Friday, 5 January 2007

Bamboo and Basil

Hi Folks
Kate's got me posted onto the Hills and Plains SeedSavers, after a year in the backyard wilderness since I stepped down as Editor of The Living Soil - the Journal of the Soil Association of South Australia. I'm happy about this - I've missed contact with fellow gardeners, and I like the fact that Blogging seems to be completely "committee-less", which seems to allow one to focus on gardening, as distinct from political agendas.
John Lennon once said that life is what happens to you while you are making other plans. Well, life pretty much took over last year, and left my plans for the veggie patch in disarray. Mostly, I was overseas and interstate for all of Spring, and so this year I'm starting three months behind with my summer plantings.
This has led to seed and seedling establishment in forty-degree heat, and I'm delighted to find that this all works out fine, provided one has plenty of mulch and rainwater. Of course, this assumes the basics are right - particularly rich and fertile soil to grow into.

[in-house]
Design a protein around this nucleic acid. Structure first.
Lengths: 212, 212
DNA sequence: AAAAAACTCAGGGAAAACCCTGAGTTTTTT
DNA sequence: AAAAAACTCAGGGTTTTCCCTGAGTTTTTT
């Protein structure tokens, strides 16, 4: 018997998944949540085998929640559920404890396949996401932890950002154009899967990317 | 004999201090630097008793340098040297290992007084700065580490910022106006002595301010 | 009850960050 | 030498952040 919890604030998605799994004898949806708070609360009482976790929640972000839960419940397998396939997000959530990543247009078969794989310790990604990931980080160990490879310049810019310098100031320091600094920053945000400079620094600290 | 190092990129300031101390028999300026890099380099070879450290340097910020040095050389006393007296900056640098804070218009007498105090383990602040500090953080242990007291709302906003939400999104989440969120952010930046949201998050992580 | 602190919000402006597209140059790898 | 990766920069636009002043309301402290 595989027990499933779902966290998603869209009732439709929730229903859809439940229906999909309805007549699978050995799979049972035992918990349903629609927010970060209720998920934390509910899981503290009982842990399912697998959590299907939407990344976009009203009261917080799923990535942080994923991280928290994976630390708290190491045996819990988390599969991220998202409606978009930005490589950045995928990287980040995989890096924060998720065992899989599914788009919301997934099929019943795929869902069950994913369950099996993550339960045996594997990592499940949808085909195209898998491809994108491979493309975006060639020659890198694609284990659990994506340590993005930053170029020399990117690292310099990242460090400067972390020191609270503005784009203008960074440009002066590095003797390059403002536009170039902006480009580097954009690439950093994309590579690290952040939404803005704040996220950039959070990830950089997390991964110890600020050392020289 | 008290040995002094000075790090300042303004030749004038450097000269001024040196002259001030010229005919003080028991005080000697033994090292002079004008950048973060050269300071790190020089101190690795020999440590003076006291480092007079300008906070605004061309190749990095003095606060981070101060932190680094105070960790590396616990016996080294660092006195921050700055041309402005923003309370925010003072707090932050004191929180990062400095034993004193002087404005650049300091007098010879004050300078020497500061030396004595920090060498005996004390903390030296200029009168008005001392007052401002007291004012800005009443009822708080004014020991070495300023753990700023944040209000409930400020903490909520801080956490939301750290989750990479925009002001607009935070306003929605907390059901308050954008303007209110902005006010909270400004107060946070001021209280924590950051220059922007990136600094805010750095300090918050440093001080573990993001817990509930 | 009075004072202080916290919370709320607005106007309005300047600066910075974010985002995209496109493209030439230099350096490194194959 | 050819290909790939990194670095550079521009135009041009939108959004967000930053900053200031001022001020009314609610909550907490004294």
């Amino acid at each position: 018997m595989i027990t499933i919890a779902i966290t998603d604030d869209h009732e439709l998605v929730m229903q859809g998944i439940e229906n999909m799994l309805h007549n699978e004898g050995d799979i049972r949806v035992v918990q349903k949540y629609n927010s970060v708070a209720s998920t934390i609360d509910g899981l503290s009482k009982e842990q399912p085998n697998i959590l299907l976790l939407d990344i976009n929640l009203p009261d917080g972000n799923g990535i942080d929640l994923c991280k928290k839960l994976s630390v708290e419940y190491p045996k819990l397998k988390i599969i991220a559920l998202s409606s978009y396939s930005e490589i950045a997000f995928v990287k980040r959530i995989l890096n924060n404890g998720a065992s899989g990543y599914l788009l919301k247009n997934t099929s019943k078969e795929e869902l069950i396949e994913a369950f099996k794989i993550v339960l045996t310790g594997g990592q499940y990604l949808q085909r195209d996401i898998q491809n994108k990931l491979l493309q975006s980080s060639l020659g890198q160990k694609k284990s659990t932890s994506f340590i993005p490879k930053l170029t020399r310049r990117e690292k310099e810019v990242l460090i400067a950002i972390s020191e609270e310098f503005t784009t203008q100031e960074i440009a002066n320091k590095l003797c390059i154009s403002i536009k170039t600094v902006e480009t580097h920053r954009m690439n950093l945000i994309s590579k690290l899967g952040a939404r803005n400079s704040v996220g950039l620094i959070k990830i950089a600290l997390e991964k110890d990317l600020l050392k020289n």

So I'm posting a few photos (via Kate) of my bamboo tomato and bean frames. I've got a clump of golden bamboo in one corner of the veggie patch, and its worth its weight in golden bamboo. Once cut and stripped of leaves, these bamboos can be used for a number of seasons before they rot or break. This year I used a 25mm auger (like a big drill) to make the holes in the soil beside the growing tomato plants, then pushed in the bamboos in the Teepee configuration. Then I added a real long one as a top piece, and a diagonal one to brace the whole frame work. It's all locked together with a bag of cable ties (they're quick!)
I planted basil seeds down the middle of the tomatoes, as they are good companion plants (at least until the tomatoes shade them out). And I've got six different varieties of climbing beans on another frame; I find climbers to be more productive than bush beans, and save me crawling around on hands and knees looking for produce.
The tomatoes are Des' Delicious, which I reckon we're all probably growing this year. Diana Bickford very kindly grew me a tray of these while I was in Germany, saving my bacon completely!
Finally, the mulch is wheat straw; I've got a mate down on the farm who gave me one of those big round bales, and it was a big improvement over pea starw, as it lasts longer and lays more easily. And did I mention - it was free? Mulch is the biggest gardening expense, once one has saved one's own seed...
OK, so glad to be alive and gardening and knowing you all (sort of...)
Cheers for now

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